At my work we’ve got a variety of cameras and things that we generally don’t need to access. The cameras record to an FTP server which has a devoted camera drive and I get warnings when the drive gets to within a couple of days from filling up. Simple solution while we’re building an IP camera network.
Thursday of last week I bugged out early with a hard drive backup after locking things down. We were getting the remnants of Hurricane Harvey and rather than stick around work which is right next to an electric substation, I decided to take my kiddo and get home to ride out the storm.
People left late Thursday. The cleaning crew and several tenants were stuck in the building for a while. Winds were throwing water sideways at the building and opening doors was hazardous. My boss texted me a couple of times asking me to look in on the camera system. Indoors looked fine, outdoors one of the IP67 cameras failed in the driving rain (appears to be a dry rotted or badly manufactured seal,) and the morning came and I got in and was greeted with the notice that the FTP drive was full.
I cleared 20 or so days of security recordings and determined that the now-dead rear camera had started recording, got soaked, and never stopped recording / pushing multi-TB of high bandwidth nothing data over the course of a few hours to the FTP until it filled. I’m believing in the death throws of soaking it dropped the pretense of encoding data and just pushed junk buffer at full blast.
Metro schools in Nashville closed and I got in a little later the next day than I’d planned. I was still one of the first people at work and I started cleaning up branches in the office driveway, doing a quick inventory of damage. It was basically nothing for us other than a shorted Amcrest camera they may be replacing under warranty and some water that blew in through a door and required just some time/a fan to dry out of the carpet.
I got a call from the front desk asking about the security footage and why there wasn’t any after a certain point. I asked why and it turned out that there was a cleaning person left in the building that didn’t finish up, didn’t set the alarm, disappeared and a car we suspected might be hers was in our parking lot.
Her employer was contacted, they attempted for a couple of hours to get in touch with her, but no dice.
The last place she was reported was our office. Her phone was going straight to voicemail.
I spent the next hour walking the grounds. We don’t have a huge office building but there are plenty of overrun and wooded areas that surround us that I was checking just to make sure someone hadn’t dragged her out of the building. There was no trace. No signs of anything other than someone having changed a tail light and been too lazy to properly dispose of the old one.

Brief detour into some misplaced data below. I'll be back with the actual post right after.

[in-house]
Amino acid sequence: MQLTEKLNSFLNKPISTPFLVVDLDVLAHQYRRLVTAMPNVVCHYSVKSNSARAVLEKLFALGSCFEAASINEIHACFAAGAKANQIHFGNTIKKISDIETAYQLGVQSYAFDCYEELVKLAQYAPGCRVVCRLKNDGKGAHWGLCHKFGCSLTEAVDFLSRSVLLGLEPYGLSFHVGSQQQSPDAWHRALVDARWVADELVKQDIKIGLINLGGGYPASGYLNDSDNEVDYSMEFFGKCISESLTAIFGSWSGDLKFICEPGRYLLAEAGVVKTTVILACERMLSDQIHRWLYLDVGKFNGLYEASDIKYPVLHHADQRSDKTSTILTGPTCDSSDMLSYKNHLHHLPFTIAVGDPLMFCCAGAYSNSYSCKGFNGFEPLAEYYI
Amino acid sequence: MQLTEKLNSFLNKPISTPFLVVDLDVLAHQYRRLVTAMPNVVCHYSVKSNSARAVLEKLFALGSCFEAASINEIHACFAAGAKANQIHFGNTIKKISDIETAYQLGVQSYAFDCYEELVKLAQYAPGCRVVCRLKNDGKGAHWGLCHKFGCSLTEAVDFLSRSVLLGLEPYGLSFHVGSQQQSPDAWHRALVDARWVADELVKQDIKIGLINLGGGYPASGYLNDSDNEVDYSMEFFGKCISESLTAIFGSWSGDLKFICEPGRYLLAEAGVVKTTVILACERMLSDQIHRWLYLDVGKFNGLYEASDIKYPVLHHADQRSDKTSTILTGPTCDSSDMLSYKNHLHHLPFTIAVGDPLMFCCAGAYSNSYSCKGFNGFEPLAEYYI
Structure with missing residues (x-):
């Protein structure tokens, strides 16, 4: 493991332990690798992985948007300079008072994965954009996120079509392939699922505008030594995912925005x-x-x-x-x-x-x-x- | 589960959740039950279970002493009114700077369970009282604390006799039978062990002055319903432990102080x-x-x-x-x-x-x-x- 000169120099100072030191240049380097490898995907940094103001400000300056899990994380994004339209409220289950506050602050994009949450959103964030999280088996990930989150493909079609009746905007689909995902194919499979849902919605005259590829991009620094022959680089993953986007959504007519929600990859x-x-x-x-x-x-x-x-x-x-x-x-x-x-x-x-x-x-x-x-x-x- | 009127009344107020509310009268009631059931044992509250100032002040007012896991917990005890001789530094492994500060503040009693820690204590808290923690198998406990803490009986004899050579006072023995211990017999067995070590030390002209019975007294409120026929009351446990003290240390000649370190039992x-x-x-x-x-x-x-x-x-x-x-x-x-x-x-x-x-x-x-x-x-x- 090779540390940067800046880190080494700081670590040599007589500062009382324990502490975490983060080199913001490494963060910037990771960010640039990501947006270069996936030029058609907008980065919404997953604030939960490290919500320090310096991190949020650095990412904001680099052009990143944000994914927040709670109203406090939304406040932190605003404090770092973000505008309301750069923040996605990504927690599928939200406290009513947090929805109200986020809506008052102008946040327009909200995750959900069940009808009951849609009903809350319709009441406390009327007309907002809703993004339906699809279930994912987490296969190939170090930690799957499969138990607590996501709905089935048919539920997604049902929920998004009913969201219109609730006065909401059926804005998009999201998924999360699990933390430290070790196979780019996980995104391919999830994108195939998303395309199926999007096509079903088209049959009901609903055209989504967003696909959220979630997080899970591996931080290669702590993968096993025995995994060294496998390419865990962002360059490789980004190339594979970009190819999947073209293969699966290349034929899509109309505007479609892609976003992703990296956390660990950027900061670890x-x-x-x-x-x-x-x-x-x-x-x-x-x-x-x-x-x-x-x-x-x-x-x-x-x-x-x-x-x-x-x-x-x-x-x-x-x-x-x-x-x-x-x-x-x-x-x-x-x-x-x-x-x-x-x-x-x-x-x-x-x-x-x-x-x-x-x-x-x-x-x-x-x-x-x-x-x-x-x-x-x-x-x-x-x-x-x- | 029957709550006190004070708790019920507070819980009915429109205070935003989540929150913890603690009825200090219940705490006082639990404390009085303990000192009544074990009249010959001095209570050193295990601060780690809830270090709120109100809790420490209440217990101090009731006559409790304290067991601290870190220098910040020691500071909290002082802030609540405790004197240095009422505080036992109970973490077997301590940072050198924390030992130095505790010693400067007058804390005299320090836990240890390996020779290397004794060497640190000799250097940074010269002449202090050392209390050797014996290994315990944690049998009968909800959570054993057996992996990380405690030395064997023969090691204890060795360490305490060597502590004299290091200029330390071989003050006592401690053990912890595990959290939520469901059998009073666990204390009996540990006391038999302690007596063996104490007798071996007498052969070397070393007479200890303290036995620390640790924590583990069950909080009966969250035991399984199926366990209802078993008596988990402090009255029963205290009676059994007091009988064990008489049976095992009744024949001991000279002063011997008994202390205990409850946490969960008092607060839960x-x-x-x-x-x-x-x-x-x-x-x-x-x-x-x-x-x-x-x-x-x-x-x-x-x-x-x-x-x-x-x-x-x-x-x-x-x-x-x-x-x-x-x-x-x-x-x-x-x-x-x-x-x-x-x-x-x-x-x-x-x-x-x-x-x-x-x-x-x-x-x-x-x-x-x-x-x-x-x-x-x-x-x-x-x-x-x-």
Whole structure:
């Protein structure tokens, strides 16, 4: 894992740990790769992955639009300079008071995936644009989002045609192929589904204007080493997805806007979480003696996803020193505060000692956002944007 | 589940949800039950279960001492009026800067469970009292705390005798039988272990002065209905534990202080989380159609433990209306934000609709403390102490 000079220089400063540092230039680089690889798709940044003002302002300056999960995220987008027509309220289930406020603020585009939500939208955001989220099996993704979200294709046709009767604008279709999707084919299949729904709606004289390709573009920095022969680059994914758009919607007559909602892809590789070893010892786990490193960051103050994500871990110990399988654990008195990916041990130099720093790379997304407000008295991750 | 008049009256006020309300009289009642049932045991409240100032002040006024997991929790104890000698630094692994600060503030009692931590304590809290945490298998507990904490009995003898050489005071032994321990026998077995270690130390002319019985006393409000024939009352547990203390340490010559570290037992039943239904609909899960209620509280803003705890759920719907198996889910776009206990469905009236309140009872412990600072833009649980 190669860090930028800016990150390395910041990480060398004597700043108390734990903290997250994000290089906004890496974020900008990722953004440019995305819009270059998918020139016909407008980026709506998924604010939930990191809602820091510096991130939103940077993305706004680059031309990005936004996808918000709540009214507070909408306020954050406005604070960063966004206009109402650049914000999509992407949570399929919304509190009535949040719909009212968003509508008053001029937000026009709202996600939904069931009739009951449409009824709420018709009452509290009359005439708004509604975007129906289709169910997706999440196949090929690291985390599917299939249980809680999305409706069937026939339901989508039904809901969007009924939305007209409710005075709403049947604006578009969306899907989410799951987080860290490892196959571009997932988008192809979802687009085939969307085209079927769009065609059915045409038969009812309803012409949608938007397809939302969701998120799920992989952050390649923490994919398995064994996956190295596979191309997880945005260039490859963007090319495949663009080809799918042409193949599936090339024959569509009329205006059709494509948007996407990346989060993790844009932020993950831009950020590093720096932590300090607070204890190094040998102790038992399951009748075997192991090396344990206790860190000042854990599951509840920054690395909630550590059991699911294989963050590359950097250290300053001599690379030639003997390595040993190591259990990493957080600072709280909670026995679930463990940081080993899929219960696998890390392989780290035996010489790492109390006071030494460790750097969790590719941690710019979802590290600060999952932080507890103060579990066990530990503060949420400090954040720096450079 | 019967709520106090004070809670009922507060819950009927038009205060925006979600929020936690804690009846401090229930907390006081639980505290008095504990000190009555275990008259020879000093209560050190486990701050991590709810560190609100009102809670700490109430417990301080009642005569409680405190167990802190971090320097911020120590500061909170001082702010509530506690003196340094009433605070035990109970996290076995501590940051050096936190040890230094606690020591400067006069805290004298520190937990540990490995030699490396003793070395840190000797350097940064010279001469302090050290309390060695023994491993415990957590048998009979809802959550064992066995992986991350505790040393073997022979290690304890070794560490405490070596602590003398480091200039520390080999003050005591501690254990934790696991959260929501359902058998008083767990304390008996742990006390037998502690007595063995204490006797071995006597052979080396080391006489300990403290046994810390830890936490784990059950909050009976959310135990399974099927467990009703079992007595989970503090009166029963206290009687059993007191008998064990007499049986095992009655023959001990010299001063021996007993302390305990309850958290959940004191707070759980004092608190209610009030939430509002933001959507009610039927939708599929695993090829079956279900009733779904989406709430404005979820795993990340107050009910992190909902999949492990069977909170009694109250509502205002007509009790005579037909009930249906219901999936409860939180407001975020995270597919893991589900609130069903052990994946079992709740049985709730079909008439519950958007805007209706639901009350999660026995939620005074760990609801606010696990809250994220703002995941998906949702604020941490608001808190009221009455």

There had been severe flooding in surrounding areas, and several people had lost cars that I’d seen reported from the night. I checked everywhere I could for signs of struggle or broken underbrush indicating someone had been through.
I’d never met this woman before, she’s a subcontractor of the people who hold the contract to clean the place and they show up after I leave. I’d seen her on video a few times and I ended up pulling some older video just in case there was a police report I’d have a fairly current picture of her.
It was odd watching video of this woman going about her business a couple of days prior, wondering if she was still alive. Attempting to find her on social media but running into a name that literally no one in the state was using.
I was glued to the video wall for the next few days in case anyone might have returned. I didn’t know why this person disappeared but enough scenarios ran through my head that I paid attention to anyone coming in or out of the building for the long weekend. I was informed the police had been contacted by the employer which was good because all we had was a name.
The car we suspected was hers disappeared on Tuesday. It wasn’t hers however.
Wednesday near closing she walked back in, didn’t say anything, was calm and reserved and said she had to drop off some things, left a key and walked out without any explanation.
I have no idea what happened. I believe the woman may have decided that working in a hurricane remnant wasn’t particularly the life path she’d planned on and decided a hasty career change would be in order. At least that’s what I hope.
And while I have not discarded my FTP solution, I’ve added email notifications whenever the drive space dips. We’ll invest in a rolling DVR solution like Blue Iris later.